Legalize marijuana already!


“We hold these truths to be self-evident; that all men are created equal; that they are endowed by their Creator with certain unalienable rights; that among these are Life, Liberty and the pursuit of Happiness.  That to secure these rights, Governments are instituted among Men, deriving their just powers from the consent of the governed.”

The Declaration of Independence was signed on July 4 (or July 2), 1776 as a legal justification for the American Revolution which had been a reality for a whole year at the time of the document’s execution.  It was, in a sense, the crystallization of political thought among Revolutionary leaders, British subjects all residing in thirteen disparate British colonies.

The Declaration drew heavily upon principles espoused by Social Contract theorists, most notably John Locke. Essentially, subjecting oneself to the authority of a centralized authority is the price paid in return for protection of one’s “life, health, liberty or possessions.”  It is the alternative to the State of Nature and the law of the jungle.  It does not envision governmental intrusion into the daily lives of the governed.

I have no political philosophy other than what I call Civil Libertarianism, and I’ve never seen it suitably classified or defined to capture, exactly, my belief.  I (and you) should be free to take any action that I wish, so long as it does no harm to another. “The right to swing my fist ends where the other man’s nose begins,” said Abraham Lincoln, or Oliver Wendell Holmes, Jr. or somebody who knew how to turn a phrase.

I’ve been thinking about Social Contract Theory a lot lately, no, really.  My musings are colored by my deep-rooted mistrust of government and, especially, politicians, none of whom are qualified to tell me what to do or not do.

It all started when I began researching House Bill 14, currently proposed in the Louisiana legislature.  The bill would lessen the criminal penalties for possession of marijuana, not decriminalize, but merely lessen.  The problem, as I see it, is that the proposal does not go nearly far enough.

Marijuana possession, and consumption, should be legal.

In the interest of full disclosure I feel it necessary at this point to tell you a bit about me because it may color your perception of me and my opinions to follow.  I am an addict and an alcoholic.  At the time of this writing I have not used in seven years, nine months and seven days.  I have not had a drink in almost four years.  Unfortunately, marijuana was never my drug of choice as I preferred Crown Royal and crack cocaine.  I could have been spared much hardship had I preferred marijuana.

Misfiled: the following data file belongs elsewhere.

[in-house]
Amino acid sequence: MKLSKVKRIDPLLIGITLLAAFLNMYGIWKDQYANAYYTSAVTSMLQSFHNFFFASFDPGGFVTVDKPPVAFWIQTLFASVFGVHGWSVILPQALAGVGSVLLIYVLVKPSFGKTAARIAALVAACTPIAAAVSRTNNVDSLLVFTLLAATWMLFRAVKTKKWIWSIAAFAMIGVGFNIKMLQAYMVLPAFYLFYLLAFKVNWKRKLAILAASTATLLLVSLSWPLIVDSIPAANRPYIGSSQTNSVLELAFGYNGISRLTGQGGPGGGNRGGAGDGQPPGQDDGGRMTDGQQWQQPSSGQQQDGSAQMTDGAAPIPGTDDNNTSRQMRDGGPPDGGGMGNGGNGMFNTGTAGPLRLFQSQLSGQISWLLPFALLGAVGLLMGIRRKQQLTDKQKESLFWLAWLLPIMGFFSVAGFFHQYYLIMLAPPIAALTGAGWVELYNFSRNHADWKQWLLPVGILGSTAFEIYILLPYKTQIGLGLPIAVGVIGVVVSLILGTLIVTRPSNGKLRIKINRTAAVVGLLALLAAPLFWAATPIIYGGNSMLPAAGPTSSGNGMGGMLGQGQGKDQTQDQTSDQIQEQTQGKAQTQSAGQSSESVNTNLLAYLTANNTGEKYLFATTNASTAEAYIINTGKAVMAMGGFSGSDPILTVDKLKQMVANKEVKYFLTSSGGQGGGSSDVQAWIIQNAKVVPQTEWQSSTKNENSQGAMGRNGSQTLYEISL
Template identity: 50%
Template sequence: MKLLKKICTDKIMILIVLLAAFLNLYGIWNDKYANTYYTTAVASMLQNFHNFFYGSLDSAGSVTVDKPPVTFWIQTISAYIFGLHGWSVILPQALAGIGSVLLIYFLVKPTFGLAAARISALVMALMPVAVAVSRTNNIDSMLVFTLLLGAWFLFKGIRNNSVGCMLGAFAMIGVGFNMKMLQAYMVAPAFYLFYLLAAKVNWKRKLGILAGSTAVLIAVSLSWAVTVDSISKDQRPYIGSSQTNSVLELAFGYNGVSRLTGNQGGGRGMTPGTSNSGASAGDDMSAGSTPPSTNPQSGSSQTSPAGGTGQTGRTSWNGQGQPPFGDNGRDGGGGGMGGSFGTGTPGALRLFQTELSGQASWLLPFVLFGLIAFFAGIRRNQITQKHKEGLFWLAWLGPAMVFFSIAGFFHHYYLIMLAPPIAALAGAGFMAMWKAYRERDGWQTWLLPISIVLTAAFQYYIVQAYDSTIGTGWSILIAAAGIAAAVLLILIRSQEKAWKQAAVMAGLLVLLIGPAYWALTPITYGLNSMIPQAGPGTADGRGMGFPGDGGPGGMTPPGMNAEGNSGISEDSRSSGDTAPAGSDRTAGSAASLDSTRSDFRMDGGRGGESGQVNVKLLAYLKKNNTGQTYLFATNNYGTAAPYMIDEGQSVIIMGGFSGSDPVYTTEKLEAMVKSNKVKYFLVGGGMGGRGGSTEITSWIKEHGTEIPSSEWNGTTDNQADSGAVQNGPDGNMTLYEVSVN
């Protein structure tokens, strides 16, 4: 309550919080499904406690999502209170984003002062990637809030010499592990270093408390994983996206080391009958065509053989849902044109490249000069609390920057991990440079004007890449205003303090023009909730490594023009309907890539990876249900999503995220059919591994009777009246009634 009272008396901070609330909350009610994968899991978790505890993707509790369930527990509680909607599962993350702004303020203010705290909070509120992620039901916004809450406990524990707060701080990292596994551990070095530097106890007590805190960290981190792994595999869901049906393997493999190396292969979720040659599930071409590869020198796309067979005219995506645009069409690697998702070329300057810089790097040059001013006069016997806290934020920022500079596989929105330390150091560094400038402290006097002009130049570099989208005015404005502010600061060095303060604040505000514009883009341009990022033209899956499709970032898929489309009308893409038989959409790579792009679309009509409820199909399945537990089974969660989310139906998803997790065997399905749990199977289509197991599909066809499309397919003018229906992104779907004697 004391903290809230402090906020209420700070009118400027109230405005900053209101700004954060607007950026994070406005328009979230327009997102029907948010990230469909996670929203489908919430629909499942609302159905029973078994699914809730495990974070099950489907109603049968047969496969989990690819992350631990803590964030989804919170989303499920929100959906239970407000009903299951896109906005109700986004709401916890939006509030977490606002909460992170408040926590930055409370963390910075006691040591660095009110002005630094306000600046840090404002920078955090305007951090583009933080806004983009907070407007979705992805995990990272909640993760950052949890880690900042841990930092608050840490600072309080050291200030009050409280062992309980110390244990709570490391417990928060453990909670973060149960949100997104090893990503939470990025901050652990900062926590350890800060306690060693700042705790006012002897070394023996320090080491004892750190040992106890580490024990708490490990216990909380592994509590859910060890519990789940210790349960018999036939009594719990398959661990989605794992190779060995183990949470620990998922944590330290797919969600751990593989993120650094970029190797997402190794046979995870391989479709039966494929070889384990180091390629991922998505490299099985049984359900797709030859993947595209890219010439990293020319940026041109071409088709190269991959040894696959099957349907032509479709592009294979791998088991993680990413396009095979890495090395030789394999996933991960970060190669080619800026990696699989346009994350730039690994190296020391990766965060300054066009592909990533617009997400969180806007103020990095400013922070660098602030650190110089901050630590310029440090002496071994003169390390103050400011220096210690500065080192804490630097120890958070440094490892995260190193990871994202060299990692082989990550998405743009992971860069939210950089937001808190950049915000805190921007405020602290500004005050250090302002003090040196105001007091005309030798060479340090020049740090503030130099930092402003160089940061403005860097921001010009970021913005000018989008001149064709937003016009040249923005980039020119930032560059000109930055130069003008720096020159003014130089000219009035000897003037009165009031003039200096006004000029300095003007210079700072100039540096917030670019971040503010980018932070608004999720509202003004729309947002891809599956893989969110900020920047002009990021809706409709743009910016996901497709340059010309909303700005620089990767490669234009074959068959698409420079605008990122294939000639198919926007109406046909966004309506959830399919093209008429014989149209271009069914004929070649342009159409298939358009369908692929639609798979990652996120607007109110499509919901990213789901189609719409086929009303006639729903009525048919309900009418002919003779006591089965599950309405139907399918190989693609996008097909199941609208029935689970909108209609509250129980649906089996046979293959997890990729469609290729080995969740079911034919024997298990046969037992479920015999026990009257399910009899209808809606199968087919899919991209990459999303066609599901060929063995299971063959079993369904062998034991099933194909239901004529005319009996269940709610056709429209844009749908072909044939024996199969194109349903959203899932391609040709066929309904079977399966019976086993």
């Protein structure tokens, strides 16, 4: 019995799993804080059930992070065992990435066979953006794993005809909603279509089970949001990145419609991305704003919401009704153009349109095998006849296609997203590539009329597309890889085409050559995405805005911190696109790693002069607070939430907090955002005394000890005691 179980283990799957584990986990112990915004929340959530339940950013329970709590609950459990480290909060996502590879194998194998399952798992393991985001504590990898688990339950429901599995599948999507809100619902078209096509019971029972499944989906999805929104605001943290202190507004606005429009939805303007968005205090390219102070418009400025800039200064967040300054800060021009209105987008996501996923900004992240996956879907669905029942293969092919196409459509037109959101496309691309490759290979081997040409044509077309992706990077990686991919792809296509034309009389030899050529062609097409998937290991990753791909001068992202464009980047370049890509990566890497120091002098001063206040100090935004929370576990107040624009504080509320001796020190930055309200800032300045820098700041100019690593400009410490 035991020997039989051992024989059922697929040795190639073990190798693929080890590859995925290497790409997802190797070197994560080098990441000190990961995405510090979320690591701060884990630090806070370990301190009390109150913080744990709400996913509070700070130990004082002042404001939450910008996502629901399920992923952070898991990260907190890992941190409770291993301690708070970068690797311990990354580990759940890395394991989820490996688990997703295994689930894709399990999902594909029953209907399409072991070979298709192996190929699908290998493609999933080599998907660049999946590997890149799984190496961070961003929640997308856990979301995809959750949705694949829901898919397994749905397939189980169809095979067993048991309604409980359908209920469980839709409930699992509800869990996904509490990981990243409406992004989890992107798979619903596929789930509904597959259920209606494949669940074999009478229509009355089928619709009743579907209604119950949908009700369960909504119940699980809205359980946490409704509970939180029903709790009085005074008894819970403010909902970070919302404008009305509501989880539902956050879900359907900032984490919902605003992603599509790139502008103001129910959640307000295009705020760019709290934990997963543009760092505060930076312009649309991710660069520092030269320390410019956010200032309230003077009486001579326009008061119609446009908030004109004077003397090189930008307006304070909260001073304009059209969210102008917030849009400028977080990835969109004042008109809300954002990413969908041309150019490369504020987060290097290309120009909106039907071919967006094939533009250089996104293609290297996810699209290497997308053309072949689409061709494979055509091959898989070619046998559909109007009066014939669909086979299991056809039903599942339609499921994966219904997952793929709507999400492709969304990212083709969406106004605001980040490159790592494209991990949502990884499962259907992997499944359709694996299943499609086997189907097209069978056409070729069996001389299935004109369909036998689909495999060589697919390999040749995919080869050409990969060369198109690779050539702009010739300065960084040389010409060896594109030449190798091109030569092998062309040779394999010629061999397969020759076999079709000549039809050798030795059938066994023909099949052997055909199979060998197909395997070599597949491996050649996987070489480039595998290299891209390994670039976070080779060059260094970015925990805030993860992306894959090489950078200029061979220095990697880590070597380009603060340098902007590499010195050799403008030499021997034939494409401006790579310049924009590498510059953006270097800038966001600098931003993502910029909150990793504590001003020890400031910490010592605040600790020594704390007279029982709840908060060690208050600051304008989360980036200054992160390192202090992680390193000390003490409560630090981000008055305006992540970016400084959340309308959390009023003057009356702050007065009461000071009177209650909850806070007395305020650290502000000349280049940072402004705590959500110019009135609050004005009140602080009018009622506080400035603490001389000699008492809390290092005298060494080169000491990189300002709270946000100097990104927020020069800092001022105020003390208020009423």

The fact of the matter is, crack probably saved my life.  I sincerely believe that I would have drunk myself to death had I not found a drug which I preferred.

I was also a criminal defense lawyer in Ascension Parish who relied heavily on clients charged with drug-related crimes for my livelihood.

That being said, I can think of no legitimate governmental interest which is served by the criminalization of marijuana.  I find it instructive to consider how this vegetation became illegal in the first place.

The individual most responsible for its prohibition is a guy named Harry J. Anslinger, the first Commissioner of the U.S. Treasury Department’s Federal Bureau of Narcotics.  Anslinger held his post from 1930 until 1962.  He was the first to demonize marijuana, often inflaming racial animosity to do so.

“Two Negroes took a girl, fourteen years old, and kept her for two days under the influence of hemp.  Upon recovery she was found to have syphilis,” Anslinger would write anecdotally in the early-1930s.

He also played upon American antipathy toward Mexican, migrant farm workers who used marijuana.  Sound familiar?

“Marijuana is a short cut to the insane asylum,” Anslinger also wrote.  “Smoke marijuana for a month and what was once your brain will be nothing but a storehouse of horrid specters.”

He created a marijuana hysteria which is captured in the cult-classic movie, Reefer Madness.  An afternoon of pot-smoking and the immediate result is murder, suicide, rape and overall descent into madness.  If you are a fan of camp, Reefer Madness, is the campiest.